This is just the tip of the iceberg.  If you don’t know this information, your kid won’t know it either.  Considering how many cuts there are in education due to budget constraints, innovative nutrition and gym classes are just not an option. According to one study done at Yale University’s Rudd Center for Food Policy and Obesity, marketing, especially in the form of cartoon characters, will influence children’s eating habits.[5]  Grocery stores are filled with candy at the front of the check-out line.  Commercials with for junk food (often labeled as “part of a healthy diet…”) are rife in children’s television programs. Who sponsors your children’s activities? Pepsi? Oh, did you hear the study about artificial coloring and hyperactivity?[6]
            There is definitely a lot of blame to go around regarding child obesity and poor eating habits. But we’re the adults. We as parents must do our share of the work. The impressionability of young minds is no excuse for us not to take bulk of responsibility for children’s health.  You can say “no” when your kid whines about not getting a cookie.  You can reward children with other things beyond junk food.  You can explain to them why junk food is junk.  You can help them make responsible food choices at the grocery store.  You can tell them how and where food is made.  You made your kids.  Now it’s your time to show them how to become adults.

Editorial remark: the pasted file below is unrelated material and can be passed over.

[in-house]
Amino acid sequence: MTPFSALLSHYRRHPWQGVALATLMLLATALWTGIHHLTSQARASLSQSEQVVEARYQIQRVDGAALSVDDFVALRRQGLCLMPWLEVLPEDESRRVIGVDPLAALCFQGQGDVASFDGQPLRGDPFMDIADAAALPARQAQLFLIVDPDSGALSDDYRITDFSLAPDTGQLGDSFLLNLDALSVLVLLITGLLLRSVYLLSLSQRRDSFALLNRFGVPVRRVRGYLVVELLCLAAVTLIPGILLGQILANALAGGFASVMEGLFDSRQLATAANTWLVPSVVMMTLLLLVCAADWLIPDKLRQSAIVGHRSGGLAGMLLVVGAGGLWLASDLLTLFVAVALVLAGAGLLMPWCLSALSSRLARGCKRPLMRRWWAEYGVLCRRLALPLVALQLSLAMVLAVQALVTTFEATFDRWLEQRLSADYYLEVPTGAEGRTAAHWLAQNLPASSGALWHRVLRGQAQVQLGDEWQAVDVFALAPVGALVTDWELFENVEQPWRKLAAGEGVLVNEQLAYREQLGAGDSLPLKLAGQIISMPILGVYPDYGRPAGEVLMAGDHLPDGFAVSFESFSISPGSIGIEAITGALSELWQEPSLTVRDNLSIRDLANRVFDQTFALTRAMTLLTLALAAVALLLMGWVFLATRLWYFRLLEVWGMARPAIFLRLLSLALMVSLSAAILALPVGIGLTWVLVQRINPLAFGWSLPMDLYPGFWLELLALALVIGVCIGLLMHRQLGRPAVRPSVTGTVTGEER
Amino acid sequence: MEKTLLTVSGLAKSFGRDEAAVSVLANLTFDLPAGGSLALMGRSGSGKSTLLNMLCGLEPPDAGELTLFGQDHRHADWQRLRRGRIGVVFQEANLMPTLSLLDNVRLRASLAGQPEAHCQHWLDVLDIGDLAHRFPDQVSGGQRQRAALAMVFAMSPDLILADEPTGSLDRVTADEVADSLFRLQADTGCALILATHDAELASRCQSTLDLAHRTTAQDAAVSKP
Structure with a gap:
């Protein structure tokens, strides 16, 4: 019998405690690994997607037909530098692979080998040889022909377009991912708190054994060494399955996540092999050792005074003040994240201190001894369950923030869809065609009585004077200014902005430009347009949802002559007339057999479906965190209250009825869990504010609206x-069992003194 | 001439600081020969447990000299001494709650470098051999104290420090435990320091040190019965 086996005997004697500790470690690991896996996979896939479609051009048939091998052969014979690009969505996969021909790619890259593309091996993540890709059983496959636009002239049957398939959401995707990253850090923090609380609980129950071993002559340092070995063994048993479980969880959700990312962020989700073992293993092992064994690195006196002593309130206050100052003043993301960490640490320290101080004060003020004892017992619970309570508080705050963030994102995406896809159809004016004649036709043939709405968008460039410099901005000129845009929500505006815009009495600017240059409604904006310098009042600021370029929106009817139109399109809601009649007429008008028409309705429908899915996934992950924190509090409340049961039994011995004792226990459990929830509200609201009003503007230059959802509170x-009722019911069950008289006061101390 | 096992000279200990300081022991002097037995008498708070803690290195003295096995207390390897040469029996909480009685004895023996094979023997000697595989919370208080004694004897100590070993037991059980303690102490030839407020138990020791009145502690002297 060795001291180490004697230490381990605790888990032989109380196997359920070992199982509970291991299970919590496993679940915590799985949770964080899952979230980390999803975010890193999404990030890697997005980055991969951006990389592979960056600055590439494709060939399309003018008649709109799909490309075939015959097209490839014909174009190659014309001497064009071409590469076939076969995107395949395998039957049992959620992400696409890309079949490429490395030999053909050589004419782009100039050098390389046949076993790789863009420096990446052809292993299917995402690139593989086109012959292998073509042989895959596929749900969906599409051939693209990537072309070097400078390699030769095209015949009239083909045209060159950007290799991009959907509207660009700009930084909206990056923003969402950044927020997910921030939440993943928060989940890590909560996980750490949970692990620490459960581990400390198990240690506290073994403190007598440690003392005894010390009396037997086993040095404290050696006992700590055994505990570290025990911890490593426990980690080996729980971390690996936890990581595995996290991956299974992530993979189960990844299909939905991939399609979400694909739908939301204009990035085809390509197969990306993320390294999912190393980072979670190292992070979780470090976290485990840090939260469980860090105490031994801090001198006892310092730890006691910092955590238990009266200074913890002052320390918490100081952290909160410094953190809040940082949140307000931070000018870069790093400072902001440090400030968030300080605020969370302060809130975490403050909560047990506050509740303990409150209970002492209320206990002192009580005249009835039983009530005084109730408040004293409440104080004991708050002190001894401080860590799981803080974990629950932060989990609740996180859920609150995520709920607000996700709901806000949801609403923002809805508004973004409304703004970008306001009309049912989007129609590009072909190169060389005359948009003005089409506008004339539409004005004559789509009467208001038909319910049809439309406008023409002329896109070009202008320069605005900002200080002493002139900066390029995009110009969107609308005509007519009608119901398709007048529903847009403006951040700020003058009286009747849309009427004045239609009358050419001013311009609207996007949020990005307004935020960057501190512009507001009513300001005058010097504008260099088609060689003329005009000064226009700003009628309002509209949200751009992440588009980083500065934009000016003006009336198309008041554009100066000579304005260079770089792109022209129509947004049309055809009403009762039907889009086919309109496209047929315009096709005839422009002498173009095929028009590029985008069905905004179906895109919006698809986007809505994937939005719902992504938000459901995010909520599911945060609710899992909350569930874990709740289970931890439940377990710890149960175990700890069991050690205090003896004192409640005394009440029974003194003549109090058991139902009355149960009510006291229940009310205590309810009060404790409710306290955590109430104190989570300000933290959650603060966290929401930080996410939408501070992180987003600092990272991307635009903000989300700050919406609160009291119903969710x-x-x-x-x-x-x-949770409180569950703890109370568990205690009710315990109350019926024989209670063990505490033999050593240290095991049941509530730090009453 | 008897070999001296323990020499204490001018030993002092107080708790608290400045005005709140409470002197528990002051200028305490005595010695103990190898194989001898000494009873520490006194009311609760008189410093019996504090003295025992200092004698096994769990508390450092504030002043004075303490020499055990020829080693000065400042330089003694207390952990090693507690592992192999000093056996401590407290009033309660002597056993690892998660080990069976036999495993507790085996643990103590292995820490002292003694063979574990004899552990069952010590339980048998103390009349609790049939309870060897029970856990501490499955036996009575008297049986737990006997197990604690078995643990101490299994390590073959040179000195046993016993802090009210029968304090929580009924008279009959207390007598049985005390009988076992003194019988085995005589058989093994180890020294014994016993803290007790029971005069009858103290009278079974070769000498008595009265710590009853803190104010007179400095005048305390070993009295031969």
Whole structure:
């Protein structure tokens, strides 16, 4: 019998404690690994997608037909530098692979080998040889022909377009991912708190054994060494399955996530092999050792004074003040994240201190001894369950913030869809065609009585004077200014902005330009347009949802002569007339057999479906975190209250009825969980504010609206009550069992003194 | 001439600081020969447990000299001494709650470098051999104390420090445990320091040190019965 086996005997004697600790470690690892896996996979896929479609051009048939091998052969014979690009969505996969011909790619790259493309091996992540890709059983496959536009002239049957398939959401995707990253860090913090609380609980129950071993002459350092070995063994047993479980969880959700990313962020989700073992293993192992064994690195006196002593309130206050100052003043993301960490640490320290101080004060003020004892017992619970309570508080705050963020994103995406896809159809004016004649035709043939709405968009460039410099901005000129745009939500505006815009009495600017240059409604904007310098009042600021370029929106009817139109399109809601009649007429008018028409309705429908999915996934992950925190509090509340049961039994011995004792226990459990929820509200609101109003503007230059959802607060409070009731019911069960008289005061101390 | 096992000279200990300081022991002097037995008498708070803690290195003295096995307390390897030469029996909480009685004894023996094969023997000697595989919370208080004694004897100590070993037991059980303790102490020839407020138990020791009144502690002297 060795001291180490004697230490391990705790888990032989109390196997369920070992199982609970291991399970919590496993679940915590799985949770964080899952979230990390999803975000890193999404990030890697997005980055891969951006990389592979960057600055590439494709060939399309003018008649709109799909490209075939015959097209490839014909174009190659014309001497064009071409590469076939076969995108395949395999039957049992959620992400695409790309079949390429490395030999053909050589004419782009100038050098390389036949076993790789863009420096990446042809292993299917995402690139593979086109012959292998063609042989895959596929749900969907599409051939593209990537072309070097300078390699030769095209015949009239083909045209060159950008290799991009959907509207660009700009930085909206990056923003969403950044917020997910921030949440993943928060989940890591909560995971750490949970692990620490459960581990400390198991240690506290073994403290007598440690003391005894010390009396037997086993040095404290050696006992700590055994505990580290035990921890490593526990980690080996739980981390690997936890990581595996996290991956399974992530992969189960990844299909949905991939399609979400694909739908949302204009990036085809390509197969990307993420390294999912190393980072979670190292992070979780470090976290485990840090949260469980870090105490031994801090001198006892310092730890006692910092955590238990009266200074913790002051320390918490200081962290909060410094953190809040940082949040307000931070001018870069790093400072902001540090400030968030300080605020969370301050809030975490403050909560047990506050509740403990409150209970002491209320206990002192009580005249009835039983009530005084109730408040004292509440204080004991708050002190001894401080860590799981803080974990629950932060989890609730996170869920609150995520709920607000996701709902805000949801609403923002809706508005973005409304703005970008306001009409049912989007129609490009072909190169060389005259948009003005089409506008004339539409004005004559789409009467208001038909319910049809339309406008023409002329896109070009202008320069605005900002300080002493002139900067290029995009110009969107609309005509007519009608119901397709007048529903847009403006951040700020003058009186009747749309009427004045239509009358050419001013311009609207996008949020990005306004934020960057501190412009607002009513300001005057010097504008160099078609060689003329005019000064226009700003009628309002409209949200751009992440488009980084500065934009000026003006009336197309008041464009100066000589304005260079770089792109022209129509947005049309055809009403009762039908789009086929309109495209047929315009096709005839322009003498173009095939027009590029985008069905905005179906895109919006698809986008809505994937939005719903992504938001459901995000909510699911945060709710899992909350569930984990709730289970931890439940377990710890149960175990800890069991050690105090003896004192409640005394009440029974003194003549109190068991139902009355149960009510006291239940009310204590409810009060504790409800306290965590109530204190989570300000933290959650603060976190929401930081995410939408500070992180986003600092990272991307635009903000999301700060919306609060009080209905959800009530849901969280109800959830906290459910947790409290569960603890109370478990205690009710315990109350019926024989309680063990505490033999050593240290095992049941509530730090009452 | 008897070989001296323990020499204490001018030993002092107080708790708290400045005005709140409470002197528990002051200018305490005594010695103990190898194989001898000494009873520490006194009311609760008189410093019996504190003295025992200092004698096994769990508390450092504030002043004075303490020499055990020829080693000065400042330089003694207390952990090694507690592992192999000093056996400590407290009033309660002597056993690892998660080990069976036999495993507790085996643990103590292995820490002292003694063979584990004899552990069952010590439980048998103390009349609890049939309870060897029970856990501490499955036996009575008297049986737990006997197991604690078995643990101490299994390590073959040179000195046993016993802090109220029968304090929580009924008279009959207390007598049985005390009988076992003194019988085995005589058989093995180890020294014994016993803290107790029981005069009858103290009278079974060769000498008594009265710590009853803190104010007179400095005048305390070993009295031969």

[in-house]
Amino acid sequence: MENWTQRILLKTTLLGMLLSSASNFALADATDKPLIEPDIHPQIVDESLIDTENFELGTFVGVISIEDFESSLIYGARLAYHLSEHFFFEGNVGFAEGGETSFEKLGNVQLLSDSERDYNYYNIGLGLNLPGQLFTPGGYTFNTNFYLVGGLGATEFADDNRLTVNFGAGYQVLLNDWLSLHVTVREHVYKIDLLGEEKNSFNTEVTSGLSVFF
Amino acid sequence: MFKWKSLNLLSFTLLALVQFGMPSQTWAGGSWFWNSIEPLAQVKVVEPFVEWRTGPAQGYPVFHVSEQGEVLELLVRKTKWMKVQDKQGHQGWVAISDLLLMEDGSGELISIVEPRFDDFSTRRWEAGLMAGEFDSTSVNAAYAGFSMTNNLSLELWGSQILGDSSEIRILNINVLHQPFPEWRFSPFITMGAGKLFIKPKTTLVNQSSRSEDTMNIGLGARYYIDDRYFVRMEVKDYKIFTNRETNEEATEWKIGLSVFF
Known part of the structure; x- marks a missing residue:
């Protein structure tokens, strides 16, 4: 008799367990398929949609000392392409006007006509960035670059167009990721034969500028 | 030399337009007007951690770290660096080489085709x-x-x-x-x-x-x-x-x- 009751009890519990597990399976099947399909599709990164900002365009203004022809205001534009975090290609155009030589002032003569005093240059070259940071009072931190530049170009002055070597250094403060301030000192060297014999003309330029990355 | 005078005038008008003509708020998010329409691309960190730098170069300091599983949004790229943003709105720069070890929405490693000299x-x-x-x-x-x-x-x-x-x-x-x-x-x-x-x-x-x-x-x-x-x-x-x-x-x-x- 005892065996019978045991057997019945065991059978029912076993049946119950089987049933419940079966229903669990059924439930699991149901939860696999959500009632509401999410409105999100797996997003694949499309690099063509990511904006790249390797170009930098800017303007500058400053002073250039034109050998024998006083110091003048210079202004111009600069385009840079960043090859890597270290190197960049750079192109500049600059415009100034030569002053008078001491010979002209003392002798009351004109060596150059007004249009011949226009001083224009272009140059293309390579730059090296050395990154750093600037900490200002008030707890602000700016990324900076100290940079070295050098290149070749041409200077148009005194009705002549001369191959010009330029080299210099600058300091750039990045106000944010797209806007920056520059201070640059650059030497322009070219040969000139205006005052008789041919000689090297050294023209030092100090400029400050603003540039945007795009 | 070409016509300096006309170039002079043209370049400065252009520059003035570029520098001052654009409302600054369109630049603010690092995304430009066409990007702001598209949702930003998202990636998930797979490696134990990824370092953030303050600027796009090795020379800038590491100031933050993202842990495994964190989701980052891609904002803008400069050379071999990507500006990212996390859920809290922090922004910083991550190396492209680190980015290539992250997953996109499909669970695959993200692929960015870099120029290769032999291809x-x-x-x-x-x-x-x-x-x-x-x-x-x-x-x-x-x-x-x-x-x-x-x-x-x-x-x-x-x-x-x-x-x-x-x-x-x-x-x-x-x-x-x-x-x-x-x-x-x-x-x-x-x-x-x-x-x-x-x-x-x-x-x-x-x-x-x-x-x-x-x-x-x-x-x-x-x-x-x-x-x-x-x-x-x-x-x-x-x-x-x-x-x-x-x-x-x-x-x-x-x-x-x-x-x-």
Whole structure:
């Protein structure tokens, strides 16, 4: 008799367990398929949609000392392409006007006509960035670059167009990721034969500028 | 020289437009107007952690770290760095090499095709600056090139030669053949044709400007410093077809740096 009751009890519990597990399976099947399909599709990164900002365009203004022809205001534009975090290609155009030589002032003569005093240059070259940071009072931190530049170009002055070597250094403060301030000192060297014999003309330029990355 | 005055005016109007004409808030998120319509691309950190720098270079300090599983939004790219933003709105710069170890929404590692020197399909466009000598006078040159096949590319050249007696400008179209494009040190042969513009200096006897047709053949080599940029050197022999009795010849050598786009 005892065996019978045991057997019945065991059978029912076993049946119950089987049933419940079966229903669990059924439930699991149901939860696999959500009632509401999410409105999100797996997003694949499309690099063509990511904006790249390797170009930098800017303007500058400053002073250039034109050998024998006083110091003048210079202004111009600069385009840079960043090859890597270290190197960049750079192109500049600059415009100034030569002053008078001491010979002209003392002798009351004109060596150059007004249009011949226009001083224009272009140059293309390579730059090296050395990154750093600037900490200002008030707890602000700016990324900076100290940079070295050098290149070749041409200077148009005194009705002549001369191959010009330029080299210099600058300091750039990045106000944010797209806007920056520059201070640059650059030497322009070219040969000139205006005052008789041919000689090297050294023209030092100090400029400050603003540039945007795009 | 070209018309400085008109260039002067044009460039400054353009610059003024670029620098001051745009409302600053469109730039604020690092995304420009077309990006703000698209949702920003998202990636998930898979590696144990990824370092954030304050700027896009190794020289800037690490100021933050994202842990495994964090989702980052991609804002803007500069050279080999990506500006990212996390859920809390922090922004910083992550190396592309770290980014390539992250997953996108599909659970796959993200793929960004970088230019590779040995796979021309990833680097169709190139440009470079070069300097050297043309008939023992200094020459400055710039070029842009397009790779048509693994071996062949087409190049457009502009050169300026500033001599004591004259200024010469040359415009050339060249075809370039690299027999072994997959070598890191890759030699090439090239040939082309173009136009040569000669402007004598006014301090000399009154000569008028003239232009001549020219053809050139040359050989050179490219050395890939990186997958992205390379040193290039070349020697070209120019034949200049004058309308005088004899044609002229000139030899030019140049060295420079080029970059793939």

Agar Agar Jello
No, there is no typo here.  Agar agar is a seaweed derivative[7] used frequently in Asian foods and desserts as well as culture medium for microbiologists (it’s the jelly stuff on the bottom of Petri dishes).  Have you had almond jelly at a Chinese restaurant?  That is made with agar agar.  Since the ingredient does not destabilize at room temperature (it dissolves at 100ºC) it’s great for making desserts that will not die in a Chicago (New York or Hong Kong) summer. It’s also the same stuff that fancy-schmancy chefs like Heston Blumenthal, Grant Achatz and Ferran Adria use to make their weird (but really tasty) food. As agar agar will readily dissolve in boiling liquid, it can be used with most liquid mediums (certain fruit juices containing protease will not work, e.g. pineapple, kiwi, papaya and figs) to create some funky vegan jello.  The basic recipe is below, but feel free to play with it.  You can also use alcohol to make un-frat boy jello shots (Cava, champagne, etc. are nice).  I also like to make these funky appetizers with Bloody Mary mix, pickled vegetables and chopped herbs (cut up fruit also can be added).  Also, you can use any mold you like (the silicone ones are GREAT for this) or just place it in a pan and use cookie cutters.  Your kids will never know it’s good for them…

11/2 tsp. of agar-agar powder (if you have flakes, use 1 tbs.)
2 cups of liquid
If making sweet jellies, sugar to taste (I usually add none. Fruit juice is plenty sweet)